Dermatology and Skin Care Updates from Waterhoody

A Dermatologists Explanation of Actinic Keratoses (AK)

Actinic keratoses are precancerous changes to the top layer of skin (the epidermis).  They develop after years of sun exposure to unprotected skin.   The sun’s ultraviolet or UV rays cause damage to the skin’s DNA that accumulates and eventually the keratinocytes (the cells which make up your top layer of skin) do not mature properly.  This results in a sand papery or scaly texture to the skin that recurs each time it falls off or is removed.  They typically look like pink dry spots and can have a tender or burning sensation when touched.  A small percentage of AK’s can go on to form skin cancers.  For this reason dermatologists treat and remove them with several techniques including liquid nitrogen, topical chemotherapy creams and lasers.  All of these treatments while effective, can be painful and leave the skin red and raw while it is healing.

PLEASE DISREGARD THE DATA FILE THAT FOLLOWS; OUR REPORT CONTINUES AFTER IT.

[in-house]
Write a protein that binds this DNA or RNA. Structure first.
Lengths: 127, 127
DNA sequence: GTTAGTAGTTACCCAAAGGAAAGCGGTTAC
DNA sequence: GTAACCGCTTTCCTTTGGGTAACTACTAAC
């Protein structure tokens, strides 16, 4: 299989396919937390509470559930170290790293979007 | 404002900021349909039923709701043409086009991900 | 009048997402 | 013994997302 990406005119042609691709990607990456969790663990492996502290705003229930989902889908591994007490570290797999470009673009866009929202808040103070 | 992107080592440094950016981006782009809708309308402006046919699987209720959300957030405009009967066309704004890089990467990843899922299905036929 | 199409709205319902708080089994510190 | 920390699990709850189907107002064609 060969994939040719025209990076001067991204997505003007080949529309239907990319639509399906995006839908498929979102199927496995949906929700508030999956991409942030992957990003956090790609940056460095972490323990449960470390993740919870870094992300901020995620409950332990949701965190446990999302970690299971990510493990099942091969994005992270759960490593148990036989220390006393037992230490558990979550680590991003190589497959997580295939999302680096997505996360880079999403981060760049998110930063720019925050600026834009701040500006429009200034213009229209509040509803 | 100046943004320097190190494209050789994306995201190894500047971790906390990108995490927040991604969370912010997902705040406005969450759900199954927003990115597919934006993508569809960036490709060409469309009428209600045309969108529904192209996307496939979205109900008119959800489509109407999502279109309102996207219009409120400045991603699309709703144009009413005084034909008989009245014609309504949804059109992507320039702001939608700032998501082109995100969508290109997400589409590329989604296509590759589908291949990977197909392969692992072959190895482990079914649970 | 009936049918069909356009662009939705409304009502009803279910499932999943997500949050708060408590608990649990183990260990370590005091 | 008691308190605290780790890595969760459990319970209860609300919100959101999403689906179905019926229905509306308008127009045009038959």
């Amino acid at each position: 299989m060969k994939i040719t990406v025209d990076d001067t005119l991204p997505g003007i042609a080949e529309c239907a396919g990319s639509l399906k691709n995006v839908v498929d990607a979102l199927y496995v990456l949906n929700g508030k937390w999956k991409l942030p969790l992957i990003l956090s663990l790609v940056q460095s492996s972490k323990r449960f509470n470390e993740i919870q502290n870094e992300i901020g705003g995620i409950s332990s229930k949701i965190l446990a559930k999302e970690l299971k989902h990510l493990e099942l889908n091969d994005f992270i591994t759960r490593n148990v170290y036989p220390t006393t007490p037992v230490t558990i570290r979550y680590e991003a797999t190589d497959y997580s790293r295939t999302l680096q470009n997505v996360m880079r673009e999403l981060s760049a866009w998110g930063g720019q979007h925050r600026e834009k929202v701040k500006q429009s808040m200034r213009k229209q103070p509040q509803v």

AK’s develop on skin that is chronically exposed to the sun including the scalp (when hair has been thinning x years), face, neck and the hands and forearms.  The BEST way to avoid getting these precancerous growths is to protect your skin from the sun.  Broad spectrum sunscreens (containing zinc or avobenzone) and more importantly shirts with hoods or hats worn regularly will help to prevent the development or recurrence of these precancerous growths.
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